Son of local Picayune resident rewrites aviation history books
Working with the most advanced and lethal fighter aircraft in the world has gained the son of a Picayune resident quite a bit of attention over the past several months. It seems that just about everything he does lately finds him involved with rewriting the aviation history books.
Air Force National Guard Tech. Sgt. Roy A. Perkins, son of Anna D. McCormick of McCormick Lane, Picayne, is an F-22 specialist with the F-22 Raptor, the Air Force’s newest fighter aircraft. Perkins is a member of the 27th Fighter Wing, one of only two Raptor units currently operational within the Air Force.
Perkins, who graduated in 1988 from Slidell High School, La., and received an associate degree in 2004 from the Community College of the Air Force, takes care of the world’s most sophisticated and deadly fighter aircraft that integrates the latest avionics, stealth and super cruise capabilities. “I maintain, troubleshoot, and repair all of the avionic, electrical and environmental systems on the aircraft to include, radar, flight controls, data link, communication, navigation, electrical power generation and distribution, liquid and forced air cooling, electronic warfare and many others.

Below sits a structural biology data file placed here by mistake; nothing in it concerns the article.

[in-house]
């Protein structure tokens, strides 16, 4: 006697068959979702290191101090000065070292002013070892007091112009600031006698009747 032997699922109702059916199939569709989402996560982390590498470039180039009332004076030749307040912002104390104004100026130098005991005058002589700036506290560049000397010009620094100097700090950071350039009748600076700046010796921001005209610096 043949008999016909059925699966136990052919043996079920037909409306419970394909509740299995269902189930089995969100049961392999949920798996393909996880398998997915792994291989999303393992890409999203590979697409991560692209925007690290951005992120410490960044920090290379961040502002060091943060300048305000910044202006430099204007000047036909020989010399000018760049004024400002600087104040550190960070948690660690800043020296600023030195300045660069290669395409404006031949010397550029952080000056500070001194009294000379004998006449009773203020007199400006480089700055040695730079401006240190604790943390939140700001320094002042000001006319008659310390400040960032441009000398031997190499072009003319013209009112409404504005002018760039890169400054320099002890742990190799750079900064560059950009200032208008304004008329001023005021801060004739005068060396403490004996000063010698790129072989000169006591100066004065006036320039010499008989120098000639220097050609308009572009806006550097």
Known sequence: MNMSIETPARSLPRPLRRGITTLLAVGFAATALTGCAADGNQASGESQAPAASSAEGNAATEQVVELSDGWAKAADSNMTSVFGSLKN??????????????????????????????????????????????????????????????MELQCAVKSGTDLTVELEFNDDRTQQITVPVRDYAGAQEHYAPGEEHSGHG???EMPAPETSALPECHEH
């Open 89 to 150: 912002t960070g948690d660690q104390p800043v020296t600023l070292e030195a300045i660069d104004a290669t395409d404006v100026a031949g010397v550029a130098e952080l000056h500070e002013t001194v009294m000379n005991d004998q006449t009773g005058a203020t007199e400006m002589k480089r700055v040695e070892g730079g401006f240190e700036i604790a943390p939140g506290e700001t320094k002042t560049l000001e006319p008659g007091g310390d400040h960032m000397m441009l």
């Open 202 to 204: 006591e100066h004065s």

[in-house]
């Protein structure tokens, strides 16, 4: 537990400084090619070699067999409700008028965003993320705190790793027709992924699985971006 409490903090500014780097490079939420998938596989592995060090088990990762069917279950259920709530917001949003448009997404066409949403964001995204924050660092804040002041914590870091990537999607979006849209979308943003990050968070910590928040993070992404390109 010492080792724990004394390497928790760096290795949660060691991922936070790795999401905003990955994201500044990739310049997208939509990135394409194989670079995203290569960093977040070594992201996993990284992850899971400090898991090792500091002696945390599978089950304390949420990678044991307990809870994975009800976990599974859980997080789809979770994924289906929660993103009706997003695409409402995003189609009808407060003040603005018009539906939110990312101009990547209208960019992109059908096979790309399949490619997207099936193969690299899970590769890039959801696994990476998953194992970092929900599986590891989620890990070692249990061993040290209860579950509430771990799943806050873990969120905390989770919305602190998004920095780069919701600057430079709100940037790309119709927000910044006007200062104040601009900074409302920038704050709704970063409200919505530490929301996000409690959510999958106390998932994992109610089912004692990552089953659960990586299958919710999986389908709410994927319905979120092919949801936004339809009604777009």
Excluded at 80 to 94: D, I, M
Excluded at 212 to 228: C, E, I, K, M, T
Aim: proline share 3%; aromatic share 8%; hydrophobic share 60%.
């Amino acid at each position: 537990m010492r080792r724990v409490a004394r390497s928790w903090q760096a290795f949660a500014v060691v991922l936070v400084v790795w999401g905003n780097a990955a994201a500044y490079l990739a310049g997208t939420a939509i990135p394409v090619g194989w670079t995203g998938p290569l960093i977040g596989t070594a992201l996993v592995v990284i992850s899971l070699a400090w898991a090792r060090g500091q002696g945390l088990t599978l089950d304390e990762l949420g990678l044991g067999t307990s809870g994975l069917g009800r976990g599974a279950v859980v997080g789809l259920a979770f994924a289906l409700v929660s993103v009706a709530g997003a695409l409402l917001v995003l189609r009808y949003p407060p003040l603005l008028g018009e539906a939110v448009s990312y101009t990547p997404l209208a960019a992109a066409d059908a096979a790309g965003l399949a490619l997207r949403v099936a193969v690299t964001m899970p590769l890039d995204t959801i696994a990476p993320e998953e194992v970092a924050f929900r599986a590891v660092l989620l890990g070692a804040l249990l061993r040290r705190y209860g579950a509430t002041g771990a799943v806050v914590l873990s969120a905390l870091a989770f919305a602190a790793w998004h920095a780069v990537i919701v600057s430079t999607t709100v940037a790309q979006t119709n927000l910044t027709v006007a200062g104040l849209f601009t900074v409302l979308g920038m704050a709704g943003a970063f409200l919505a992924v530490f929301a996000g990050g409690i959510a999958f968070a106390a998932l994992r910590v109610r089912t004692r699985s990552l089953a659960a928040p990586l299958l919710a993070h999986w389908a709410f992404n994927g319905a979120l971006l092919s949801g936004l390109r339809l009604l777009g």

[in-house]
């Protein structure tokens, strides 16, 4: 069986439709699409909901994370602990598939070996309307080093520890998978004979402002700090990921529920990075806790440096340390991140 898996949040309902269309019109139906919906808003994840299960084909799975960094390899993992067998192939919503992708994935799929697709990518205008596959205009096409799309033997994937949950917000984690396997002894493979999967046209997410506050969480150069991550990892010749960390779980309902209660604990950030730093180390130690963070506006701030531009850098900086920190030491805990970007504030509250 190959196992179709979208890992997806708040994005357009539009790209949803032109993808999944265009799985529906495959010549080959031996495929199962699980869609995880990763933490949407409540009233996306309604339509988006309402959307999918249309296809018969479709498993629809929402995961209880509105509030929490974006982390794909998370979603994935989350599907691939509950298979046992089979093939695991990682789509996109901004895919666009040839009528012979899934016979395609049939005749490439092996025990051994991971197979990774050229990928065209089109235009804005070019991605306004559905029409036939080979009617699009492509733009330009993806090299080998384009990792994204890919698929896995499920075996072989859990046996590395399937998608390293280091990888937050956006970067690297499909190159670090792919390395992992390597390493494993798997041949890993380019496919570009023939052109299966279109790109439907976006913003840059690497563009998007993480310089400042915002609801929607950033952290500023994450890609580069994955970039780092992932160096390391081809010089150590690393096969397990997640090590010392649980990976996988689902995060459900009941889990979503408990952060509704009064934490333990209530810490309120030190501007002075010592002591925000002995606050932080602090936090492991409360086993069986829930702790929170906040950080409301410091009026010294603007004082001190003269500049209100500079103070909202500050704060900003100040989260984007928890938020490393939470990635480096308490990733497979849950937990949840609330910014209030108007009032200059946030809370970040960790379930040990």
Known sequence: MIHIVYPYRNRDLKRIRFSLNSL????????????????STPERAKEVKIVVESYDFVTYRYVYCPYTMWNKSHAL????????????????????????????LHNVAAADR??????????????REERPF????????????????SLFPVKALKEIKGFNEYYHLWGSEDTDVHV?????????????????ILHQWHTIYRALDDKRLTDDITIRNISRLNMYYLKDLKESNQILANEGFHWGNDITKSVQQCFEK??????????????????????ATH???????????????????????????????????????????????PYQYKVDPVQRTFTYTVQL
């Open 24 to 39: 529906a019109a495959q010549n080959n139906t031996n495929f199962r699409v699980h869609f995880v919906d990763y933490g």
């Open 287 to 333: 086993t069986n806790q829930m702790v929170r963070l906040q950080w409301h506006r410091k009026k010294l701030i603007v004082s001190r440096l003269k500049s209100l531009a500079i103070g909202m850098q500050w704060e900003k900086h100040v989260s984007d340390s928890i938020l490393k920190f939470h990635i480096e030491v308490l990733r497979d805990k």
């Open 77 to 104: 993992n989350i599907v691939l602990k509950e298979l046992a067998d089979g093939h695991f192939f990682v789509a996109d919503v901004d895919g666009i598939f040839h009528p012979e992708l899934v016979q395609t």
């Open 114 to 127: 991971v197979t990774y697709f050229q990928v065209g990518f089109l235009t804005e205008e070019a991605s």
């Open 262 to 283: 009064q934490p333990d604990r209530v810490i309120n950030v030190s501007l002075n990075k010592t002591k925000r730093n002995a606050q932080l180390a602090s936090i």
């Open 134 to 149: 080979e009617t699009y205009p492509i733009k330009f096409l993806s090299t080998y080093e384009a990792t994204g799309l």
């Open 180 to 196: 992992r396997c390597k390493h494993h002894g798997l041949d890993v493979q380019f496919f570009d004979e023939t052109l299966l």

Over the past several months, Perkins and his fellow Raptor crewmembers have been rewriting the history books with a variety of firsts, not only for the F-22, but in many cases performing feats unattained in the history of aviation.
Those feats range from dropping weapons at supersonic speeds from 50,000 feet, to testing new bombs that can hit 400 percent more targets than they were previously capable of reaching, to flying and fighting in joint exercises with capabilities never before seen by aircraft of any kind.
Perkins is a Virginia Air National Guard member who is normally assigned to the 192nd Fighter Wing out of Richmond, Va.
“As a member of the Air National Guard, the mission of the 192nd Fighter Wing is to augment the 1st Fighter Wing at Langley as the units blend together. Langley is home to the 27th Fighter Wing, which is the first operational squadron of F-22’s,” he explained. “The 192nd will support the 27th during day-to-day flying operations and deployments worldwide.”
While life for Perkins as an F-22 specialist is quick-paced and hectic, he finds time to enjoy the Hampton Roads area of Virginia. “As a former active duty airman of four years, and a guard noncommissioned officer of 13 years, experience is useful to convert to the new jet. With family in the area, the move will be positive as I plan to work the aircraft and supervise for many years to come,” said Perkins.